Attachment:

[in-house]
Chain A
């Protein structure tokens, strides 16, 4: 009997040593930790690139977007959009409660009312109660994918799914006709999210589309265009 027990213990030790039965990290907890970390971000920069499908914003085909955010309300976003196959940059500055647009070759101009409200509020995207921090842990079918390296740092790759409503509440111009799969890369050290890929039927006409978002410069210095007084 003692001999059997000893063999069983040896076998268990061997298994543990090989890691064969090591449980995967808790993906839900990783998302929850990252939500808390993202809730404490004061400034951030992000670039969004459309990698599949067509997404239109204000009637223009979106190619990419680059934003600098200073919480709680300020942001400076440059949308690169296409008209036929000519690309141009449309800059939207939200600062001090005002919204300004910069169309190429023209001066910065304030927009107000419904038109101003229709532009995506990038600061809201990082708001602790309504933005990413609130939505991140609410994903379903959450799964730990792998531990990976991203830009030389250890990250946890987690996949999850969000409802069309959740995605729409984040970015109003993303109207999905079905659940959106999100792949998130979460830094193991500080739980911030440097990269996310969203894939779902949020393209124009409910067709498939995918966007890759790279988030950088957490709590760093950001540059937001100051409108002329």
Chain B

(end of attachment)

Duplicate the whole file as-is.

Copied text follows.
[in-house]
Chain A
């Protein structure tokens, strides 16, 4: 009997040593930790690139977007959009409660009312109660994918799914006709999210589309265009 027990213990030790039965990290907890970390971000920069499908914003085909955010309300976003196959940059500055647009070759101009409200509020995207921090842990079918390296740092790759409503509440111009799969890369050290890929039927006409978002410069210095007084 003692001999059997000893063999069983040896076998268990061997298994543990090989890691064969090591449980995967808790993906839900990783998302929850990252939500808390993202809730404490004061400034951030992000670039969004459309990698599949067509997404239109204000009637223009979106190619990419680059934003600098200073919480709680300020942001400076440059949308690169296409008209036929000519690309141009449309800059939207939200600062001090005002919204300004910069169309190429023209001066910065304030927009107000419904038109101003229709532009995506990038600061809201990082708001602790309504933005990413609130939505991140609410994903379903959450799964730990792998531990990976991203830009030389250890990250946890987690996949999850969000409802069309959740995605729409984040970015109003993303109207999905079905659940959106999100792949998130979460830094193991500080739980911030440097990269996310969203894939779902949020393209124009409910067709498939995918966007890759790279988030950088957490709590760093950001540059937001100051409108002329």
Chain B